• Harvey Thorleifson, Chair
    Minnesota Geological Survey
  • Carrie Jennings, Vice Chair
    Minnesota Geological Survey
  • David Bush, Technical Program Chair
    University of West Georgia
  • Jim Miller, Field Trip Chair
    University of Minnesota Duluth
  • Curtis M. Hudak, Sponsorship Chair
    Foth Infrastructure & Environment, LLC


Paper No. 2
Presentation Time: 9:15 AM


URBAN, Michael J., Department of Professional Education, Bemidji State University, 1500 Birchmont Dr. NE, Bemidji, MN 56601,

Using an ALTA® II reflectance spectrometer, the USGS digital spectral library, planetary spectra graphs, and a few mineral hand samples, one can teach and learn about the importance of light for studying planets and moons. The author created the hands-on, inquiry-based activity for an undergraduate planetary sciences course consisting of freshman to senior level science majors and non-majors. The activity follows a guided-inquiry approach that unites lab-based investigation of minerals with online datasets, and requires students to import, configure, graph, analyze, and compare data using spreadsheet software. The activity includes two parts: 1) analysis of mineral hand samples and spectra; 2) exploration of planetary reflectance spectra.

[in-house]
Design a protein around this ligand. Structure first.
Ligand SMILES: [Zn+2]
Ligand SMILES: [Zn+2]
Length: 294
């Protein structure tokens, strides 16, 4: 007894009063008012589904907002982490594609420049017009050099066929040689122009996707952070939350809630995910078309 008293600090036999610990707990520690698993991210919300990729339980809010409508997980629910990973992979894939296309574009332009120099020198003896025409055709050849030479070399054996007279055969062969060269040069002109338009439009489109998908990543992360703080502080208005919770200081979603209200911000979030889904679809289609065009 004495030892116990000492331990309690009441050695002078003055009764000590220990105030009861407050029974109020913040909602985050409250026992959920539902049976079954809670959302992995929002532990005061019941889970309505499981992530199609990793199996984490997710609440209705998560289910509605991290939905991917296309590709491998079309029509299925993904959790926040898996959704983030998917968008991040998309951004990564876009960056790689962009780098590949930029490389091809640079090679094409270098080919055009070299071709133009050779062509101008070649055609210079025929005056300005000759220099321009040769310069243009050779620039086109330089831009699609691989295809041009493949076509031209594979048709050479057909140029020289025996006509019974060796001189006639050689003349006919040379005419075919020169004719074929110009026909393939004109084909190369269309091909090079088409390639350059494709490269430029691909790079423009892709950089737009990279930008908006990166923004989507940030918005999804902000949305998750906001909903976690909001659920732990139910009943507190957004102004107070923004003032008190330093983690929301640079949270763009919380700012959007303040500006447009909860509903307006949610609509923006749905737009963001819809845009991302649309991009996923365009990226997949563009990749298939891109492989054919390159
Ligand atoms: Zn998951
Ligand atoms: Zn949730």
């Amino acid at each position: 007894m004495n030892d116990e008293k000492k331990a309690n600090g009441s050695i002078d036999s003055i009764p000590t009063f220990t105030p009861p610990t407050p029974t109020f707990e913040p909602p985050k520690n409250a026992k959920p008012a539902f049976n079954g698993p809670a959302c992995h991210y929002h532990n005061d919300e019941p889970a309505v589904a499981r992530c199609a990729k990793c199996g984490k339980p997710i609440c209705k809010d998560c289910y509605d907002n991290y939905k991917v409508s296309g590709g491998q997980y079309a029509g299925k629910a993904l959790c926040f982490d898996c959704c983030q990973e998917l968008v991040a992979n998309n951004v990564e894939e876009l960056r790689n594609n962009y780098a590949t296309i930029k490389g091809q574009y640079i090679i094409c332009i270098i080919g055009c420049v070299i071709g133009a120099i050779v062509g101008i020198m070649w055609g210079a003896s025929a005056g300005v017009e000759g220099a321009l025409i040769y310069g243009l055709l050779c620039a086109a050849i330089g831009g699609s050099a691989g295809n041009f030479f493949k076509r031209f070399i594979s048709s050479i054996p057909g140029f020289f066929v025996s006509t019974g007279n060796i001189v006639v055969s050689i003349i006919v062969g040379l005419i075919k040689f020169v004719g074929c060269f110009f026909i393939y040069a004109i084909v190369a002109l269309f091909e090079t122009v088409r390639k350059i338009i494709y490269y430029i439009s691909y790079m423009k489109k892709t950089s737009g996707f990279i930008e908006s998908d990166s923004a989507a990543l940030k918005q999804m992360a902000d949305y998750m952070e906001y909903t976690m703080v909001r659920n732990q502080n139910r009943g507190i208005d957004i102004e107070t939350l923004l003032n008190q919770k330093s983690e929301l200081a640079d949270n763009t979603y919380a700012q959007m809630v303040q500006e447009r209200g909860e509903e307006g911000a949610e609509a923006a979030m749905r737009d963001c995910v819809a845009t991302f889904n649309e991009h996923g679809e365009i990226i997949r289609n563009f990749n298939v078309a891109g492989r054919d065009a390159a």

Part 1 of the activity begins by asking groups of students to use the ALTA® spectrometers to graph the spectrum (visible and some IR wavelengths) for one assigned (identified) mineral, and other unidentified available minerals; the procedure requires using a standard of measure to calculate an approximate reflectance for each of 11 wavelengths of light. The wavelength and reflectance data is entered into and graphed in a spreadsheet. Trends in the location (relative to wavelength) and magnitude of student-determined spectral peaks and troughs for the identified mineral are examined and compared to the USGS digital spectrum for the mineral; students import and graph several mineral spectra from the USGS digital library, and compare them to the student-determined graphs to narrow down and name the unidentified mineral samples. The first part of the activity enables students to learn how to use the ALTA® instrument, maneuver the mineral library, and manipulate data using the spreadsheet software. In Part 2, students go online to select planetary reflectance spectra to graph, import and manipulate data with the spreadsheet, and then familiarize themselves with the general and specific reflectance characteristics of several planetary surfaces, atmospheres, and ring systems. The activity culminates with students using techniques similar to those employed by planetary scientists to establish rationales for determining compositional information about, and categorizing and identifying, several planetary bodies in the solar system based solely on reflectance spectra.

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